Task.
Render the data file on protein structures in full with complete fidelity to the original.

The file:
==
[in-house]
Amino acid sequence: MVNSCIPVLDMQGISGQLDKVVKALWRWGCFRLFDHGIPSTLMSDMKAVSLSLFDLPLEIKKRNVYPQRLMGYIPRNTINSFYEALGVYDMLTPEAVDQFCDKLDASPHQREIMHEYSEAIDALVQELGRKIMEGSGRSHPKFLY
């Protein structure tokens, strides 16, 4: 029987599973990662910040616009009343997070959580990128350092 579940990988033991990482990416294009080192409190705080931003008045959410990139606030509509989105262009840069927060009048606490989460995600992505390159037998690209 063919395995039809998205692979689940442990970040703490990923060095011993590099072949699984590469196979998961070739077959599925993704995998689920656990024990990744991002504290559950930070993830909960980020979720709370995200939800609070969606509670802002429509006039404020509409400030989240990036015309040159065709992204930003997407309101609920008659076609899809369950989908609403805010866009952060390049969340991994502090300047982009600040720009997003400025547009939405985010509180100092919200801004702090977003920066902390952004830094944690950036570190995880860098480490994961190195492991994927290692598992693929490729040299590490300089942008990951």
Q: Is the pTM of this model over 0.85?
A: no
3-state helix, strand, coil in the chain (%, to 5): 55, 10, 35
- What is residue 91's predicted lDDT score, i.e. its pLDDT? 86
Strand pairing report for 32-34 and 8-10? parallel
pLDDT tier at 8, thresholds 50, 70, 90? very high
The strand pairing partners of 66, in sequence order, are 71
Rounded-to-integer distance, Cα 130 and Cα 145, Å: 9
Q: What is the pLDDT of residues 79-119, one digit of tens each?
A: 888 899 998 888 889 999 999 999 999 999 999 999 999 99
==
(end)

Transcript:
[in-house]
Amino acid sequence: MVNSCIPVLDMQGISGQLDKVVKALWRWGCFRLFDHGIPSTLMSDMKAVSLSLFDLPLEIKKRNVYPQRLMGYIPRNTINSFYEALGVYDMLTPEAVDQFCDKLDASPHQREIMHEYSEAIDALVQELGRKIMEGSGRSHPKFLY
């Protein structure tokens, strides 16, 4: 029987599973990662910040616009009343997070959580990128350092 579940990988033991990482990416294009080192409190705080931003008045959410990139606030509509989105262009840069927060009048606490989460995600992505390159037998690209 063919395995039809998205692979689940442990970040703490990923060095011993590099072949699984590469196979998961070739077959599925993704995998689920656990024990990744991002504290559950930070993830909960980020979720709370995200939800609070969606509670802002429509006039404020509409400030989240990036015309040159065709992204930003997407309101609920008659076609899809369950989908609403805010866009952060390049969340991994502090300047982009600040720009997003400025547009939405985010509180100092919200801004702090977003920066902390952004830094944690950036570190995880860098480490994961190195492991994927290692598992693929490729040299590490300089942008990951």
Q: Is the pTM of this model over 0.85?
A: no
3-state helix, strand, coil in the chain (%, to 5): 55, 10, 35
- What is residue 91's predicted lDDT score, i.e. its pLDDT? 86
Strand pairing report for 32-34 and 8-10? parallel
pLDDT tier at 8, thresholds 50, 70, 90? very high
The strand pairing partners of 66, in sequence order, are 71
Rounded-to-integer distance, Cα 130 and Cα 145, Å: 9
Q: What is the pLDDT of residues 79-119, one digit of tens each?
A: 888 899 998 888 889 999 999 999 999 999 999 999 999 99